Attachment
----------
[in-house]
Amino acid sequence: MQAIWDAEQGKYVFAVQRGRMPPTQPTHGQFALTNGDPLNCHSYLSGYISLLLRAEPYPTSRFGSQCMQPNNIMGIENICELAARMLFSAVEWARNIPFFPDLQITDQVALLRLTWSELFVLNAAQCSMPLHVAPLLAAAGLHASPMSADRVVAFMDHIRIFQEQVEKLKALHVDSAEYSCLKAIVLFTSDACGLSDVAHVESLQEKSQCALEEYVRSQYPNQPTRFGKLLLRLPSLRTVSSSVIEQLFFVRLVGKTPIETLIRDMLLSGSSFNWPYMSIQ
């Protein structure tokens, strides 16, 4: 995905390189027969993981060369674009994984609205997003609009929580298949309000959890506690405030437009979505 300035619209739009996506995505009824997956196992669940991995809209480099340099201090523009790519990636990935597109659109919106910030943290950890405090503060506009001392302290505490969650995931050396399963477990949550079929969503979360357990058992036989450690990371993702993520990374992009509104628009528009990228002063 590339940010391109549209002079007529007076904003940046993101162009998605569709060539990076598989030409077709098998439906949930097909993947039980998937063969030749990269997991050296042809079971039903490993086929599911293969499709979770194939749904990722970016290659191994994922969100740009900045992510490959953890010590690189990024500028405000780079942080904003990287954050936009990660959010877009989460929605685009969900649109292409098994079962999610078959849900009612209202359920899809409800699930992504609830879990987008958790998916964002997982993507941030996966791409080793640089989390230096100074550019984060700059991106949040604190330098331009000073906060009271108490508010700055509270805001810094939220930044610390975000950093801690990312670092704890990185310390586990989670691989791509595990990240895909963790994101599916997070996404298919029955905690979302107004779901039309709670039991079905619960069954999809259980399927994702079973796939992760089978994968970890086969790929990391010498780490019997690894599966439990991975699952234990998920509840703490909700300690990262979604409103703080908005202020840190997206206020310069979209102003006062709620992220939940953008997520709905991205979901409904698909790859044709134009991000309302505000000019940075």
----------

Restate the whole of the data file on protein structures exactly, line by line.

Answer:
[in-house]
Amino acid sequence: MQAIWDAEQGKYVFAVQRGRMPPTQPTHGQFALTNGDPLNCHSYLSGYISLLLRAEPYPTSRFGSQCMQPNNIMGIENICELAARMLFSAVEWARNIPFFPDLQITDQVALLRLTWSELFVLNAAQCSMPLHVAPLLAAAGLHASPMSADRVVAFMDHIRIFQEQVEKLKALHVDSAEYSCLKAIVLFTSDACGLSDVAHVESLQEKSQCALEEYVRSQYPNQPTRFGKLLLRLPSLRTVSSSVIEQLFFVRLVGKTPIETLIRDMLLSGSSFNWPYMSIQ
């Protein structure tokens, strides 16, 4: 995905390189027969993981060369674009994984609205997003609009929580298949309000959890506690405030437009979505 300035619209739009996506995505009824997956196992669940991995809209480099340099201090523009790519990636990935597109659109919106910030943290950890405090503060506009001392302290505490969650995931050396399963477990949550079929969503979360357990058992036989450690990371993702993520990374992009509104628009528009990228002063 590339940010391109549209002079007529007076904003940046993101162009998605569709060539990076598989030409077709098998439906949930097909993947039980998937063969030749990269997991050296042809079971039903490993086929599911293969499709979770194939749904990722970016290659191994994922969100740009900045992510490959953890010590690189990024500028405000780079942080904003990287954050936009990660959010877009989460929605685009969900649109292409098994079962999610078959849900009612209202359920899809409800699930992504609830879990987008958790998916964002997982993507941030996966791409080793640089989390230096100074550019984060700059991106949040604190330098331009000073906060009271108490508010700055509270805001810094939220930044610390975000950093801690990312670092704890990185310390586990989670691989791509595990990240895909963790994101599916997070996404298919029955905690979302107004779901039309709670039991079905619960069954999809259980399927994702079973796939992760089978994968970890086969790929990391010498780490019997690894599966439990991975699952234990998920509840703490909700300690990262979604409103703080908005202020840190997206206020310069979209102003006062709620992220939940953008997520709905991205979901409904698909790859044709134009991000309302505000000019940075």